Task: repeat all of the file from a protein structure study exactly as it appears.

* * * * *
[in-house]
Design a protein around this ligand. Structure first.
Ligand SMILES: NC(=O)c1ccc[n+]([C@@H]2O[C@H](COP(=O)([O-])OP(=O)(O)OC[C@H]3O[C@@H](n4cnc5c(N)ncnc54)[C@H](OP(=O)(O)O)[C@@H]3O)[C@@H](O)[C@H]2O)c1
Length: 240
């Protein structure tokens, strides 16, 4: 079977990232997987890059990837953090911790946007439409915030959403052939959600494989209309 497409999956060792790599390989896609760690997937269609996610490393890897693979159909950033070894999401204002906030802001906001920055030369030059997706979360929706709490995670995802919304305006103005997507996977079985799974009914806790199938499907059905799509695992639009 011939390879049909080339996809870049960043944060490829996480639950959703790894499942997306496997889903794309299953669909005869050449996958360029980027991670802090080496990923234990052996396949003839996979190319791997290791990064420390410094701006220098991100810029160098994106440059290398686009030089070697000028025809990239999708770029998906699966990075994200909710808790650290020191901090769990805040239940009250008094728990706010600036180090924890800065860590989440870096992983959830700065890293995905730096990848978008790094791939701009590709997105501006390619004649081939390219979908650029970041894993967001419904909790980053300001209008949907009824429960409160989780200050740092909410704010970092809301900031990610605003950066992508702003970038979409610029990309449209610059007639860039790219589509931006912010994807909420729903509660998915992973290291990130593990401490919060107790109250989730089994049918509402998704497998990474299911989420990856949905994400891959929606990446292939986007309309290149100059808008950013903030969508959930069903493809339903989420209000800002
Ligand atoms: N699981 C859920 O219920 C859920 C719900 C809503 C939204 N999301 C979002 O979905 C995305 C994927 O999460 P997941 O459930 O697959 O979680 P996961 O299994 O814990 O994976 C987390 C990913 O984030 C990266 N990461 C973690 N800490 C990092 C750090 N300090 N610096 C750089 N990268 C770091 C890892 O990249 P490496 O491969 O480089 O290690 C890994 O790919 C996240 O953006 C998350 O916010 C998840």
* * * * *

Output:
[in-house]
Design a protein around this ligand. Structure first.
Ligand SMILES: NC(=O)c1ccc[n+]([C@@H]2O[C@H](COP(=O)([O-])OP(=O)(O)OC[C@H]3O[C@@H](n4cnc5c(N)ncnc54)[C@H](OP(=O)(O)O)[C@@H]3O)[C@@H](O)[C@H]2O)c1
Length: 240
């Protein structure tokens, strides 16, 4: 079977990232997987890059990837953090911790946007439409915030959403052939959600494989209309 497409999956060792790599390989896609760690997937269609996610490393890897693979159909950033070894999401204002906030802001906001920055030369030059997706979360929706709490995670995802919304305006103005997507996977079985799974009914806790199938499907059905799509695992639009 011939390879049909080339996809870049960043944060490829996480639950959703790894499942997306496997889903794309299953669909005869050449996958360029980027991670802090080496990923234990052996396949003839996979190319791997290791990064420390410094701006220098991100810029160098994106440059290398686009030089070697000028025809990239999708770029998906699966990075994200909710808790650290020191901090769990805040239940009250008094728990706010600036180090924890800065860590989440870096992983959830700065890293995905730096990848978008790094791939701009590709997105501006390619004649081939390219979908650029970041894993967001419904909790980053300001209008949907009824429960409160989780200050740092909410704010970092809301900031990610605003950066992508702003970038979409610029990309449209610059007639860039790219589509931006912010994807909420729903509660998915992973290291990130593990401490919060107790109250989730089994049918509402998704497998990474299911989420990856949905994400891959929606990446292939986007309309290149100059808008950013903030969508959930069903493809339903989420209000800002
Ligand atoms: N699981 C859920 O219920 C859920 C719900 C809503 C939204 N999301 C979002 O979905 C995305 C994927 O999460 P997941 O459930 O697959 O979680 P996961 O299994 O814990 O994976 C987390 C990913 O984030 C990266 N990461 C973690 N800490 C990092 C750090 N300090 N610096 C750089 N990268 C770091 C890892 O990249 P490496 O491969 O480089 O290690 C890994 O790919 C996240 O953006 C998350 O916010 C998840």